That elation, optimism, and the thrill of massive instructional gains quickly spread throughout Seatack. Soon, teachers couldn't get on board fast enough. Once we saw how successful GoGuardian was with the initial trial and the way it proved to help instruction overall, we knew we needed it at the whole school. We got a quote and had Achievable Dream Academy approve it so we could bring the platform to everyone.
Creating Better Digital Citizens
The rest of our teachers appreciated GoGuardian from the beginning. They liked seeing the students’ activity without needing to walk around or position the class in a certain way. They were overjoyed they could close tabs. But more importantly than that, they loved the communication benefits they suddenly had access to. Now, they could talk with their students if they were in the class or not. They were able to address any student’s needs within seconds.
GoGuardian has also helped us hammer home something that is particularly important in the modern era: digital citizenship. The internet isn’t written in pencil—it’s written in ink. Everything you write online is not just there for all to see; it’s there forever. Now, with GoGuardian, we can take screenshots of certain posts or activities and say to a student: "What does this tell you about what you put out into the world?"
We don’t use GoGuardian to come down hard on kids who aren’t doing what they’re supposed to. Instead, we use the platform to turn every one of these moments into the true teachable opportunity it was meant to be.
GoGuardian also turned out to be the missing piece for one teacher looking to flip her classroom. She has a gifted cluster class that can easily handle instruction independently, with the exception of instruction in smaller groups. Since she can watch kids’ screens without leaving the front of the class, she’s able to facilitate their learning on a much deeper level than ever before. This is the type of power she didn’t have access to even two years ago. Now, she can give students the consistency and structure they crave.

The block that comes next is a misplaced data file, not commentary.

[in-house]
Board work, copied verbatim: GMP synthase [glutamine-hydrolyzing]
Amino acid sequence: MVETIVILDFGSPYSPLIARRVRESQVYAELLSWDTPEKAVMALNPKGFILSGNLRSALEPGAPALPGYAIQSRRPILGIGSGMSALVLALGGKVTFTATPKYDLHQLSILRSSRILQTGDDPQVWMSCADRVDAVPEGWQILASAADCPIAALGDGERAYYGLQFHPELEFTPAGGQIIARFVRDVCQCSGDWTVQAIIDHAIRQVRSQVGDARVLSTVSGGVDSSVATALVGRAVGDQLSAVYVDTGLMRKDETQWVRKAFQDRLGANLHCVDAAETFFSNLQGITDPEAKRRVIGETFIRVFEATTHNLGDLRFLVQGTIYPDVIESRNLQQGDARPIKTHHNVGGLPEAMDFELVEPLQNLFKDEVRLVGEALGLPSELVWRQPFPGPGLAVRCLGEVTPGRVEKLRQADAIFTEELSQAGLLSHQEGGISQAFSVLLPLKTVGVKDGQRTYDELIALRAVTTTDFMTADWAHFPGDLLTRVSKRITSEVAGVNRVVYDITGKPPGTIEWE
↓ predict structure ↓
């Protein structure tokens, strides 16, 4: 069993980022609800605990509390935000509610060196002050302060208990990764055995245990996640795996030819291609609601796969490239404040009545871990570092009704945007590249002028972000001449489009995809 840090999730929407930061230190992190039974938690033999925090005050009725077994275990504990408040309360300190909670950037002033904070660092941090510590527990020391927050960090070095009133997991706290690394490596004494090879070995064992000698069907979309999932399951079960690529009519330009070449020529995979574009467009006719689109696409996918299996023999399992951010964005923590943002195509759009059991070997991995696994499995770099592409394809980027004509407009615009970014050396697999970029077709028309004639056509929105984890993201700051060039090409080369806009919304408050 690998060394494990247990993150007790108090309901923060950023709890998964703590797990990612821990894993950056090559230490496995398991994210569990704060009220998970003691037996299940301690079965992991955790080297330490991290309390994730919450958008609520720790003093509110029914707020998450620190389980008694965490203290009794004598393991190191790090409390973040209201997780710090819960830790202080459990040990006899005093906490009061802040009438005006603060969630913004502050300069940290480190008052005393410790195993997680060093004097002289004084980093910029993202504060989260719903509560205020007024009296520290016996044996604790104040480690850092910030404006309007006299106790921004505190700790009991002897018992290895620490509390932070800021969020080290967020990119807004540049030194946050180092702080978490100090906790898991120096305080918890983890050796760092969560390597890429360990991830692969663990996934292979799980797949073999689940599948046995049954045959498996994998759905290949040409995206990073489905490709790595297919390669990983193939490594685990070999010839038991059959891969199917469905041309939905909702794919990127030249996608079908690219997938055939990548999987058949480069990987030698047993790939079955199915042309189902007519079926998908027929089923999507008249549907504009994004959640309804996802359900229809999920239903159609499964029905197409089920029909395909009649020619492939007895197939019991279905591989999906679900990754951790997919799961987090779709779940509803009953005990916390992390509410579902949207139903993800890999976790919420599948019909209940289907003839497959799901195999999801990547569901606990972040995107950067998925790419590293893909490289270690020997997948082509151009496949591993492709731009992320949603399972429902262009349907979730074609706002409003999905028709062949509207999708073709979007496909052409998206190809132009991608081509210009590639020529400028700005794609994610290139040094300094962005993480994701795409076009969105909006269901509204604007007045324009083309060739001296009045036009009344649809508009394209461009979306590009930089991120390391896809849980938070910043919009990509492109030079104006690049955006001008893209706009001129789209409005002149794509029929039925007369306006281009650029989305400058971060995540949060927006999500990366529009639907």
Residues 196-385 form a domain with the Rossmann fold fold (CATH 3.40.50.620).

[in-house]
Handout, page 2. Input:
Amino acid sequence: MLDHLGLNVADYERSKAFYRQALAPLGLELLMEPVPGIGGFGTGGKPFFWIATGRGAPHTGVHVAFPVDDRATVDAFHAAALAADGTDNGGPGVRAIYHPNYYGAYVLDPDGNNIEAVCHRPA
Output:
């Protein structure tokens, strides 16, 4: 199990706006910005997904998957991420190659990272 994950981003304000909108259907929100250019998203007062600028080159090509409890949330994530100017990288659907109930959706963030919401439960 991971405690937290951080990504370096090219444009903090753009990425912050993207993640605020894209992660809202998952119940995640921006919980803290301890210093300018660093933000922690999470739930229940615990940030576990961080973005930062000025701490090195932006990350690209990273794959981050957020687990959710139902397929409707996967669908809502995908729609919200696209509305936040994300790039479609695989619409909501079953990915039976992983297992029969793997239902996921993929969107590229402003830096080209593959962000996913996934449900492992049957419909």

Even the reporting features have made it easier to deal with a consequence issue or even just prepare for a parent/teacher conference. The teachers at Seatack truly feel like GoGuardian has their back in more ways than one.
I feel the exact same way. I see far more accountability with technology at Seatack now than it was in the pre-GoGuardian era. If I see a student isn’t on track, I can put them in what the platform calls “The Penalty Box” on their Chromebook right from my computer screen. This lets me limit their access to only the sites and applications I’ve approved. They aren’t able to get into the Chrome Web Store, they can’t look up a different game, or even waste time Googling random items.
GoGuardian has given me and all teachers an extra level of support when we try to drive a particular point home to a student. Students now understand technology is here to be used appropriately. If it’s not, they know I can take action.
GoGuardian has been so successful for us that other schools in the district are starting to ask questions. To be honest, I haven’t even pitched anyone. The platform—and our results—speak for themselves. It’s exciting to think about the limitless possibilities of what we can collectively accomplish with technology in our classrooms.
Personally, the biggest benefit is that GoGuardian has allowed me to strengthen the bond between teachers and technology, giving them access to the powerful benefits without the potential downsides. Technology is no longer an afterthought in our education. It’s an access that’s built right into the way they think, feel, and act about learning and instruction every day.
This, in turn, allows those teachers to create stronger bonds between themselves and their students. It has broken down a range of barriers in what they can do with their lessons and, more importantly, how and why they’re able to do it.
Suddenly, the classroom is not a limitation. If anything, it’s the beginning of a much larger journey that kids take every day. They’re able to now go outside the four walls of the classroom and experience their education from the perspective of the larger world around them. At the same time, they’re improving the experience in a way that still allows educators to maintain the structure and control they need. This lets them make every minute of every day as productive and as enriching as it should be.